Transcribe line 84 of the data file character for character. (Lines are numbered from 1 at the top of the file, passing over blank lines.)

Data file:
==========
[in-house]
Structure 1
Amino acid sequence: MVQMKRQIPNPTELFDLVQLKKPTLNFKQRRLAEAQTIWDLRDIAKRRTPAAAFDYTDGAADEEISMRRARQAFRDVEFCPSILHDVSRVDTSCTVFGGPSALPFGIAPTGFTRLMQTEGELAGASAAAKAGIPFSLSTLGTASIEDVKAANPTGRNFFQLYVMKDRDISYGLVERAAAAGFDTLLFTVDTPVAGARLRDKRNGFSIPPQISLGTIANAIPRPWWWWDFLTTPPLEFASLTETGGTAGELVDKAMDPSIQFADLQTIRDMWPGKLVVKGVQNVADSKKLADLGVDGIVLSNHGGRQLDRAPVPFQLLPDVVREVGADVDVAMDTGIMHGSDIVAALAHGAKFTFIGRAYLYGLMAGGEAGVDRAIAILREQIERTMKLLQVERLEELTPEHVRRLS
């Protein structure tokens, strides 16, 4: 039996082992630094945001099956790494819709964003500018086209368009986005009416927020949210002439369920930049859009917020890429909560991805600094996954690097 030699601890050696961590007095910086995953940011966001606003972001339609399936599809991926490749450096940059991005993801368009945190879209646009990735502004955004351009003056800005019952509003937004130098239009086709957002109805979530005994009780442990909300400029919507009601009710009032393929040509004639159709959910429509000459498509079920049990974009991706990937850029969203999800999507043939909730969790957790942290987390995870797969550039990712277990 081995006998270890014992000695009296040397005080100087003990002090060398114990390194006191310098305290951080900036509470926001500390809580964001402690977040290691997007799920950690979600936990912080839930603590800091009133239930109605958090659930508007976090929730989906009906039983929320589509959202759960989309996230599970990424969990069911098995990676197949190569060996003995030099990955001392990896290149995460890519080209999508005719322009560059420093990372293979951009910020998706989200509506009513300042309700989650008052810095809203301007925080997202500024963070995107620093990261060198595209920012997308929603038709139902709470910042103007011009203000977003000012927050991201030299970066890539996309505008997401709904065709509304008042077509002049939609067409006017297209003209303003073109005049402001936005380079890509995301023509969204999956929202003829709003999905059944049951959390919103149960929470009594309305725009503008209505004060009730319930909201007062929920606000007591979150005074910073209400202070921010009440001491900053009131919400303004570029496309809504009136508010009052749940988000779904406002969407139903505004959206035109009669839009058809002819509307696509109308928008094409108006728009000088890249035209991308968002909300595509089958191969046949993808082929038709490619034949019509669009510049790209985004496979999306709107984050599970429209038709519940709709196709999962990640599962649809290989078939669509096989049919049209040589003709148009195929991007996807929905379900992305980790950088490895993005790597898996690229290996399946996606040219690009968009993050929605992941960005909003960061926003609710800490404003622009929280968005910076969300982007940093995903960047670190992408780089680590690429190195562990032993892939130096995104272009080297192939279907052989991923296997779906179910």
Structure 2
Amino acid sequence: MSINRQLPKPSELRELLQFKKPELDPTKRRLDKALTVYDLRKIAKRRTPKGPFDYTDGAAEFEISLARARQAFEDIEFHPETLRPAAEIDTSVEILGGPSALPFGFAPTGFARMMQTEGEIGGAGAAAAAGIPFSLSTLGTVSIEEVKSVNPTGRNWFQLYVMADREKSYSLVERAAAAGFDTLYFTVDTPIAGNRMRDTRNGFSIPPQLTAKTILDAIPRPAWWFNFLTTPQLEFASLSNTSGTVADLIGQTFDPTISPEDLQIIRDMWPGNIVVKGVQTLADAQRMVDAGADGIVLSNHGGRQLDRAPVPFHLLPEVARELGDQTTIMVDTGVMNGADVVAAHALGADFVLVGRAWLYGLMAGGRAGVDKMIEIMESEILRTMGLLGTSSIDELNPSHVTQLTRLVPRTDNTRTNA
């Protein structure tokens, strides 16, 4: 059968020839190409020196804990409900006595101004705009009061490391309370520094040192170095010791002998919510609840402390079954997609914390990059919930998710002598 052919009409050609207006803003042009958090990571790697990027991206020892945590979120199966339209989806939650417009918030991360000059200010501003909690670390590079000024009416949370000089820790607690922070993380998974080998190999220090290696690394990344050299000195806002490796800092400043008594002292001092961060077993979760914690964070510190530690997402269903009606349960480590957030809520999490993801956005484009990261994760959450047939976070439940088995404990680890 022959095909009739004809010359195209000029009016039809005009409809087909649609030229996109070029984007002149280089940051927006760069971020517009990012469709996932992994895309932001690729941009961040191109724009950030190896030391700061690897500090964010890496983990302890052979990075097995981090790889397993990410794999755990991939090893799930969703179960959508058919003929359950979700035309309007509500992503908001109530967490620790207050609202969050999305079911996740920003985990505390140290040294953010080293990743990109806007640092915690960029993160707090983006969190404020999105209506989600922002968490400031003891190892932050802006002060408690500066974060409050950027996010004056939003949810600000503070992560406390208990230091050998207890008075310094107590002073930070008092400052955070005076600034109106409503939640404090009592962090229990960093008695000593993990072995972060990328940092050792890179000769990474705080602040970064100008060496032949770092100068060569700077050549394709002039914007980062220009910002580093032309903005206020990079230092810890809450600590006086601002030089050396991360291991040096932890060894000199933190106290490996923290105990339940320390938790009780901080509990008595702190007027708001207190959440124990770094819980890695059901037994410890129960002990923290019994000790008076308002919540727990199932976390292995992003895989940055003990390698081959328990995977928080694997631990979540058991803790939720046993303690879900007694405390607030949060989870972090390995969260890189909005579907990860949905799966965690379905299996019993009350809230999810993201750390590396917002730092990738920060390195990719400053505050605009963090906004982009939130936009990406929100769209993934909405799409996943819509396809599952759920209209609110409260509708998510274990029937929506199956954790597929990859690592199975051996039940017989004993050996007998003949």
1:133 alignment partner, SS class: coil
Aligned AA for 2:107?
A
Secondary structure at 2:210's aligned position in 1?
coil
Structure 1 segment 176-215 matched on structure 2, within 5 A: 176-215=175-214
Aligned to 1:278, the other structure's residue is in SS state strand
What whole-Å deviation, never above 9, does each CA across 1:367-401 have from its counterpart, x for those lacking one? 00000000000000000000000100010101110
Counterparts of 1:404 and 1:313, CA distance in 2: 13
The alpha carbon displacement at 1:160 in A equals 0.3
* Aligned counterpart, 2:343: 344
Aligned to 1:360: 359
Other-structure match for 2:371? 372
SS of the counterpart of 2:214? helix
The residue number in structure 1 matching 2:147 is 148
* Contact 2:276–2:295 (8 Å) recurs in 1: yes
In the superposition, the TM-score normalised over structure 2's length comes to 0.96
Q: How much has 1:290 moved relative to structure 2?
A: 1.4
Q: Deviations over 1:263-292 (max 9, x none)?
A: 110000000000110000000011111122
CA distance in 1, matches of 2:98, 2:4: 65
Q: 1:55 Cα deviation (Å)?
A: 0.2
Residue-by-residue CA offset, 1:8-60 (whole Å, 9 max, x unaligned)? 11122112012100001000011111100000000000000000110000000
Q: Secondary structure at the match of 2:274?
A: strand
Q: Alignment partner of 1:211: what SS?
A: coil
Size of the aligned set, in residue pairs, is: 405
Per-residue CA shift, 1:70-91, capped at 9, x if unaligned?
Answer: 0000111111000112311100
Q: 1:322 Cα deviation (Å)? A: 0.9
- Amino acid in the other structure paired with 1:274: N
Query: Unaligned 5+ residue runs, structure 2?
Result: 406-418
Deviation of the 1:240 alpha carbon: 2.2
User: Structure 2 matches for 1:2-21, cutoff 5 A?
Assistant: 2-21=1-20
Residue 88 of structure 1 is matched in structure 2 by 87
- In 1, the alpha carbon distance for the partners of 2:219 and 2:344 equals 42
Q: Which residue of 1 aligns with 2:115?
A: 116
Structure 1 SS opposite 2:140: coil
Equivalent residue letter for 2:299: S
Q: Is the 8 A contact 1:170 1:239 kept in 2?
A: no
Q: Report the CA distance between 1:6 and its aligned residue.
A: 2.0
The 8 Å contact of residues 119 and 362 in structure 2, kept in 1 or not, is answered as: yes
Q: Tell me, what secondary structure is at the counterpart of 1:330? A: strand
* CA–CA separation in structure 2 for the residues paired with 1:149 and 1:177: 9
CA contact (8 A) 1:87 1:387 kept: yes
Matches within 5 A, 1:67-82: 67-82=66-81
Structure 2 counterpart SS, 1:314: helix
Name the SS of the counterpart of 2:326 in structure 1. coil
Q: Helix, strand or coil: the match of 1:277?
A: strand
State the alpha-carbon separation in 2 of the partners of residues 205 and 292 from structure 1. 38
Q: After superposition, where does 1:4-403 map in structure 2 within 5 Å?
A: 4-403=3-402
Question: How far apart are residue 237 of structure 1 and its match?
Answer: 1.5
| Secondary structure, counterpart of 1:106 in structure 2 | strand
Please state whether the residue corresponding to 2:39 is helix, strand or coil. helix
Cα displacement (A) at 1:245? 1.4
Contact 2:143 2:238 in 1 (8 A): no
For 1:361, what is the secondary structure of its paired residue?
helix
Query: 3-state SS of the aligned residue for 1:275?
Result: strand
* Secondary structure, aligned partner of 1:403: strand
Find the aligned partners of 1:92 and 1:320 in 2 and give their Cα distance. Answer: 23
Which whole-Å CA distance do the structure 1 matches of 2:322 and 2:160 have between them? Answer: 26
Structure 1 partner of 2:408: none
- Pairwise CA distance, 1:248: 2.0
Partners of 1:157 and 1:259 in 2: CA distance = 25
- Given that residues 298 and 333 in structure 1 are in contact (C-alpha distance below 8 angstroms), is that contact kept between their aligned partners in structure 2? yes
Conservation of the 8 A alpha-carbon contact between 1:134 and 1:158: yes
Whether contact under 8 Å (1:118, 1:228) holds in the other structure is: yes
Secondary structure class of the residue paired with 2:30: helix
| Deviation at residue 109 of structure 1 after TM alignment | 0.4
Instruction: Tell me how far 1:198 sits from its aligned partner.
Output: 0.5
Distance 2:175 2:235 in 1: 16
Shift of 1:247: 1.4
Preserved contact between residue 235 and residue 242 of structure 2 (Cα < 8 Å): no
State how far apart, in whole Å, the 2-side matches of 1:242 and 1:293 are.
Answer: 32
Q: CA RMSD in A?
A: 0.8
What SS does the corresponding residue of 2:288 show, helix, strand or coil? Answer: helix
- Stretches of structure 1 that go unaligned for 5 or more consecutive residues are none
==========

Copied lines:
Partners of 1:157 and 1:259 in 2: CA distance = 25